reinforcement theory

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Is based on the idea that human behaviour can be shaped through a system of reward focused on reinforcing desirable behaviour. Psychologists suggest that in a work setting, managers must identify and explain to employees the desired behaviour and then devise methods of reinforcement. Reinforcement is the attempt to elicit a desirable behaviour through either the introduction of a pleasant aspect of work (positive reinforcement) or the removal of an unpleasant aspect of work (negative reinforcement). For example, in order to reward the representative with the best sales record at the end of each month, he or she could be given a bonus payment (positive reinforcement) or relieved from the tedious post-sales paperwork for the next month (negative reinforcement). For reinforcement to have full effect, psychologists have found that the reward must be valued by the person concerned, and it must follow quickly the behaviour it is designed to reinforce. So, for example, if a person does a good job, he or she should be given a reward (praise, bonus, etc.) immediately, rather than several weeks later. Reinforcement not only provides feedback about the desired behaviour, it also helps to sustain motivation. It is important not to confuse negative reinforcement with punishment—they do not mean the same thing. Punishment is the attempt to eliminate an undesirable behaviour through either the introduction of an unpleasant aspect of work or the removal of a pleasant aspect of work (sometimes called ‘omission’). Whereas reinforcement is focused on the desired behaviour, punishment is focused on undesired behaviour. Therefore, punishment is considered an inferior approach because it tells employees what not to do but does not inform them about the desirable behaviour. It also fails to have any motivational effect. In reality, most workplaces have systems of both reinforcement and punishment to guide behaviour. [See also reward.]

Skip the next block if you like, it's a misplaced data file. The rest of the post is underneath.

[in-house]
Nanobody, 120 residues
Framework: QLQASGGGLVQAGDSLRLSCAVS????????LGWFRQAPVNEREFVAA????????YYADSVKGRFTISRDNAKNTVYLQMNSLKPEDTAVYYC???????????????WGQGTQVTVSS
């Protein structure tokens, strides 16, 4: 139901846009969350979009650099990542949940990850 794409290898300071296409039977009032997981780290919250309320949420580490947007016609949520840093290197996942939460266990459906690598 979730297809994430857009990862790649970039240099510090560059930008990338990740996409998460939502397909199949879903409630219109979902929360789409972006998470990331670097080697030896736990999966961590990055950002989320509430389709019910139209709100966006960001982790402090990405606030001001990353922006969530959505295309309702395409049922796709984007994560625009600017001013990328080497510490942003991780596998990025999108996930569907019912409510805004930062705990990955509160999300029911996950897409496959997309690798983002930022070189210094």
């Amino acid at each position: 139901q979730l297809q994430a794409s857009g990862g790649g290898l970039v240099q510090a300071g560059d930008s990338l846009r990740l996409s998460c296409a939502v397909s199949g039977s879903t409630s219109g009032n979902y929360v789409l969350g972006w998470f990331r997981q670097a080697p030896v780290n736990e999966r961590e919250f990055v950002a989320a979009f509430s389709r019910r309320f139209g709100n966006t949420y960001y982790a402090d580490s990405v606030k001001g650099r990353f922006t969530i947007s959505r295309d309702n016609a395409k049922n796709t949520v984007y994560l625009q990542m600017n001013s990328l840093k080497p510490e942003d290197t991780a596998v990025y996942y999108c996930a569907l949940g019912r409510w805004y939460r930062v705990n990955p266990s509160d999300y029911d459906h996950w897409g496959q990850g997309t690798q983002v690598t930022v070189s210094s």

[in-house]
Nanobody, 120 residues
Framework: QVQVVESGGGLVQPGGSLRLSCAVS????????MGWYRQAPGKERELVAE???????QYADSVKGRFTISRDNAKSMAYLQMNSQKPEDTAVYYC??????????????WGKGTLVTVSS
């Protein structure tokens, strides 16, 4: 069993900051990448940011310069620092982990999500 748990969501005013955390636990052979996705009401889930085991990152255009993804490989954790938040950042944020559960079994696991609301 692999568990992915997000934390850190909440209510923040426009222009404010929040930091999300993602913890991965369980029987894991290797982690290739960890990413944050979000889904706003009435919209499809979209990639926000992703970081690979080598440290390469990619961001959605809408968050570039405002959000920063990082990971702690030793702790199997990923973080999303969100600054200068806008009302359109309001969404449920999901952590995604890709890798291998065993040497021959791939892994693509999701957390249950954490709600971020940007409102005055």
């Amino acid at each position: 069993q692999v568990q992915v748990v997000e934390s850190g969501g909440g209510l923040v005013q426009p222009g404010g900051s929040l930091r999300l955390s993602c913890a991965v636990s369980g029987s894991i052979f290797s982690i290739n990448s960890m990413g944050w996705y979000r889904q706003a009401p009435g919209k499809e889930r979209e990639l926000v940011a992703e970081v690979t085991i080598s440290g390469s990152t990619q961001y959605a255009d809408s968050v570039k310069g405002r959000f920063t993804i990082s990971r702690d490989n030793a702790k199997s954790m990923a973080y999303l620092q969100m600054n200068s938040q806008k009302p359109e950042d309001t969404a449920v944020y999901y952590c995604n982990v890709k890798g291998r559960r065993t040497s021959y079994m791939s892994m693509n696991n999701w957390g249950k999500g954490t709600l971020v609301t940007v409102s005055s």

Subjects: Human Resource Management.

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